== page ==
This is enshrined as a “sacred right” in the Basic Law, the PA’s constitution, along with freedom of speech. However, Ms Ayesh says she has learnt from bitter experience that the constitution means little.

“I joined Lawyers for Justice because I was amazed that an entity can arrest someone just for their political views,” she says.

“When I started representing people who had been, I clashed totally with the PA. They could not understand why a woman would work defending political arrestees.”

Early on, in November 2019, she visited a client who was being held in Jericho. That was her first taste of intimidation.

“I asked him: ‘Have you been tortured?’ Immediately the guards came and dragged him out and I was told to leave. They surrounded me, trying to intimidate me physically.”

Afterwards, she says, she was ordered not to talk to detainees. “Only after their release could they tell me how badly they had been tortured,” she said. “Dozens of them.”

The PA would monitor her phone conversations with her clients. “The security men would ask them: why did you talk to Diala?”

Then came the killing of Mr Banat. “Nizar was my friend,” Ms Ayesh says. “I agreed with him about the need to fight corruption.

“The demonstrations against his murder started the day after his murder. Thousands of us protested in Ramallah.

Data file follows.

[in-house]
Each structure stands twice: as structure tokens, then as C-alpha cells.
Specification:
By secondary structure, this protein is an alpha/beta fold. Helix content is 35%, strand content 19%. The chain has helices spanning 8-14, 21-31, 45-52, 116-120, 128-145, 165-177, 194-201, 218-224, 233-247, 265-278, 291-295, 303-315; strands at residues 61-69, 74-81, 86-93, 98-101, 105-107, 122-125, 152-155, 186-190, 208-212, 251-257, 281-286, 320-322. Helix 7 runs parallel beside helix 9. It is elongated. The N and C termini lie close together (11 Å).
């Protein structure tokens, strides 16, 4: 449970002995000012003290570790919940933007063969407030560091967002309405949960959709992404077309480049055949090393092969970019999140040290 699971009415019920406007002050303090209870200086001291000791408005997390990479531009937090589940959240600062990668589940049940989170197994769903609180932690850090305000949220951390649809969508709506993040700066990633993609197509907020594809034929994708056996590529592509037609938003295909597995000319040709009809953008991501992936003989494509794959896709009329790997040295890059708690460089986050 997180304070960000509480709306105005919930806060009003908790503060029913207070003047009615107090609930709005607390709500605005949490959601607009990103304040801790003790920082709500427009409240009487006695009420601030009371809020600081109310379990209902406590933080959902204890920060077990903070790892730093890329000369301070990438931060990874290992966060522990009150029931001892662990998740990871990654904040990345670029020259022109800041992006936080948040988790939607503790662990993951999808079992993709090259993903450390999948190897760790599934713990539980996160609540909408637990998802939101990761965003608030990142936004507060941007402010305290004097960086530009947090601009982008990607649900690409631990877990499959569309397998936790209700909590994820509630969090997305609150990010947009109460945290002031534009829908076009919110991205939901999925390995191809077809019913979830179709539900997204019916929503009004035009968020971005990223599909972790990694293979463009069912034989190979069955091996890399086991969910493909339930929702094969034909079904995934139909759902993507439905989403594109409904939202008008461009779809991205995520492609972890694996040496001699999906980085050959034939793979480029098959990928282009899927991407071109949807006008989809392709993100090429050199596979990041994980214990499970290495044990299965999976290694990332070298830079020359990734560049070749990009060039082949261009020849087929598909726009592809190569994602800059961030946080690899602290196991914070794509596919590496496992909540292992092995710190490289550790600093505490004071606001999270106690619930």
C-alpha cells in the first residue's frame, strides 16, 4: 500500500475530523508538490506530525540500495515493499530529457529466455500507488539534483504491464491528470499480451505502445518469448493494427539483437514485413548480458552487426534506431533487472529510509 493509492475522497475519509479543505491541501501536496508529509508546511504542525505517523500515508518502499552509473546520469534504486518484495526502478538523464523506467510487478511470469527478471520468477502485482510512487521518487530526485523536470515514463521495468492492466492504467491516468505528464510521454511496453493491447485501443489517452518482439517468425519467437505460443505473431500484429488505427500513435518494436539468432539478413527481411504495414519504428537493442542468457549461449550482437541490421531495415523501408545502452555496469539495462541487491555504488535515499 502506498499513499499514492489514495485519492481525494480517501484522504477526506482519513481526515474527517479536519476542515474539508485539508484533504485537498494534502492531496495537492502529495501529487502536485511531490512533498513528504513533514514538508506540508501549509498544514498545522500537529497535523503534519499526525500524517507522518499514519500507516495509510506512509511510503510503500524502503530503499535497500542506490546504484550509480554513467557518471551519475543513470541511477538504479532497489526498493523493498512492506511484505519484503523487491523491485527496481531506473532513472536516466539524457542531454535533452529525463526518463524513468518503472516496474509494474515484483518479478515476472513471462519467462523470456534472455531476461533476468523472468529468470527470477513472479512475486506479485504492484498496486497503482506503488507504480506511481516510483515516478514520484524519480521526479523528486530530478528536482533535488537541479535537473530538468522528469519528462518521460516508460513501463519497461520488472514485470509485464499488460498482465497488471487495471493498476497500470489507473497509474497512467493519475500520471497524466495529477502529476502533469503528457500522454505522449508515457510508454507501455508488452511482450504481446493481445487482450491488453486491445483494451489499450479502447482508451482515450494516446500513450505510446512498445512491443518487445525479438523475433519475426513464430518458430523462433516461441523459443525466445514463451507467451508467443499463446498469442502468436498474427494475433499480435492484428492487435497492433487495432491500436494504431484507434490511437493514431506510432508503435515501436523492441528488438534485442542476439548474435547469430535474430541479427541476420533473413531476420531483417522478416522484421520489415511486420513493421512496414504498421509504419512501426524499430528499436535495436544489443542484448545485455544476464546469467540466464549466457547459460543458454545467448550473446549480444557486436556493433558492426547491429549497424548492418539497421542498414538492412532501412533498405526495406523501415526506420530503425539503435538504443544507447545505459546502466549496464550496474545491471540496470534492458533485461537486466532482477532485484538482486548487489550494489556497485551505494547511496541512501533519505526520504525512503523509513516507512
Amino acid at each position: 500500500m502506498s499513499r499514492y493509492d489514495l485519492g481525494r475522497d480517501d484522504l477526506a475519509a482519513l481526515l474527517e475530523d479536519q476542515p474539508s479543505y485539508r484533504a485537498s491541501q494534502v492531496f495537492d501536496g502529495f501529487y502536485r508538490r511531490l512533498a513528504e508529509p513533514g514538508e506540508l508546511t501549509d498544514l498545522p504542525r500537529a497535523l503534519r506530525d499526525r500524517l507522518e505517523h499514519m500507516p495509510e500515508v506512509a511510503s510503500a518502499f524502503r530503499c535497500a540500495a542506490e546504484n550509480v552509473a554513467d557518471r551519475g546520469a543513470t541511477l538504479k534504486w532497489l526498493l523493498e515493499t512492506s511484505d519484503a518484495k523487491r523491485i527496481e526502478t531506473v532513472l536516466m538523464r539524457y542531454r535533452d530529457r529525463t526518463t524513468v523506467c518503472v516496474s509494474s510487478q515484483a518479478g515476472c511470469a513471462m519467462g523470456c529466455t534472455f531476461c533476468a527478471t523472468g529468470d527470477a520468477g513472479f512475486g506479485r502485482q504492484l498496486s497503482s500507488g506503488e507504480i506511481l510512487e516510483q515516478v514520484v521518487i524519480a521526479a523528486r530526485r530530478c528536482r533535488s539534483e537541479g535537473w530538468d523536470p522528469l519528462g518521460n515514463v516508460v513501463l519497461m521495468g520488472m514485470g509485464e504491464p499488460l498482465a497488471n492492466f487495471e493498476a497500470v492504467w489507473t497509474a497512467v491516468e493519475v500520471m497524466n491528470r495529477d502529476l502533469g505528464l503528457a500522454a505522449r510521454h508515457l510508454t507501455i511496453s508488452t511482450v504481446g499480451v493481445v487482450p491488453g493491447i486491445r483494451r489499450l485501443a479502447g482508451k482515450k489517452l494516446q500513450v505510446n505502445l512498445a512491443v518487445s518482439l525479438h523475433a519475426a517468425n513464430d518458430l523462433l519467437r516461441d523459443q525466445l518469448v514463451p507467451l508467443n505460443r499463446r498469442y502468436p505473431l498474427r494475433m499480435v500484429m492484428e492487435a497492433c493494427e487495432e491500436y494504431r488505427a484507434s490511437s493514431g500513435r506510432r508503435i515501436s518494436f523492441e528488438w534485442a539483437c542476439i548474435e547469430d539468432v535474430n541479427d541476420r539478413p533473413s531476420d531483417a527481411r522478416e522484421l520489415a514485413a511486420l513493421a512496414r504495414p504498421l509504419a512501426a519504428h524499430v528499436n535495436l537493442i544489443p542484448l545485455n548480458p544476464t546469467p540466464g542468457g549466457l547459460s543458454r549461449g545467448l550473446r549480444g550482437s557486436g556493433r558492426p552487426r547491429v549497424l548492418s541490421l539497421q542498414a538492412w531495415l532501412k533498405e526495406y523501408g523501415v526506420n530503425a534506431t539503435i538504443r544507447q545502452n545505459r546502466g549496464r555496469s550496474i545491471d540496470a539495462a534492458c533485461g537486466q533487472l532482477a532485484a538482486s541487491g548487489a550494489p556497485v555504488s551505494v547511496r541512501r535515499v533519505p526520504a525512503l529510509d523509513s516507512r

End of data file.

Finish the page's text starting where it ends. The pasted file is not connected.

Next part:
“Uniformed Preventive Security men started harassing us. I was sprayed with teargas. I saw a guy being hit. His head was split open. Then they started hitting all of us and we ran.”
Protests against the killing of Banat continued for months, often with thousands taking part — events that were barely reported in the West.

Soon, says Ms Ayesh, the security men started attending the rallies in civilian clothes, which seemed to make them more violent.

“At one demonstration in Ramallah, the weekend after the murder, they started hitting us with belts and throwing rocks,” she says.

“A friend of mine was hit in the eye. I was hit on the chest and then one of officers grabbed me and rubbed his chest against mine in a sexual way.

“I said ‘stop! You’re sexually harassing me!’ He replied: ‘I have a gun and if you don’t shut up I will empty it into your head.’” She was also pepper-sprayed. “I was choking,” she recalls.

The lawyer reserves especial levels of anger for Britain and other Western countries who fund the PA.

In the four years to March 2022, Britain’s “Conflict, Stability and Security Fund” has splurged £22.5 million of taxpayers’ cash in the Palestinian territories.

According to Foreign Office documents, this is intended to create “a more capable, accountable, sustainable and inclusive PA security sector”.

The money helps “the rule of law [to be] upheld”, the documents say, while “perceptions of corruption in PA institutions [are being] tackled, and their transparency improved”.

Ms Ayesh views these claims with open disdain. “You say you support human rights, but when I see the atrocities the PA is creating, I say you must stop paying your money,” she says. “This isn’t just on my country. It’s on yours.”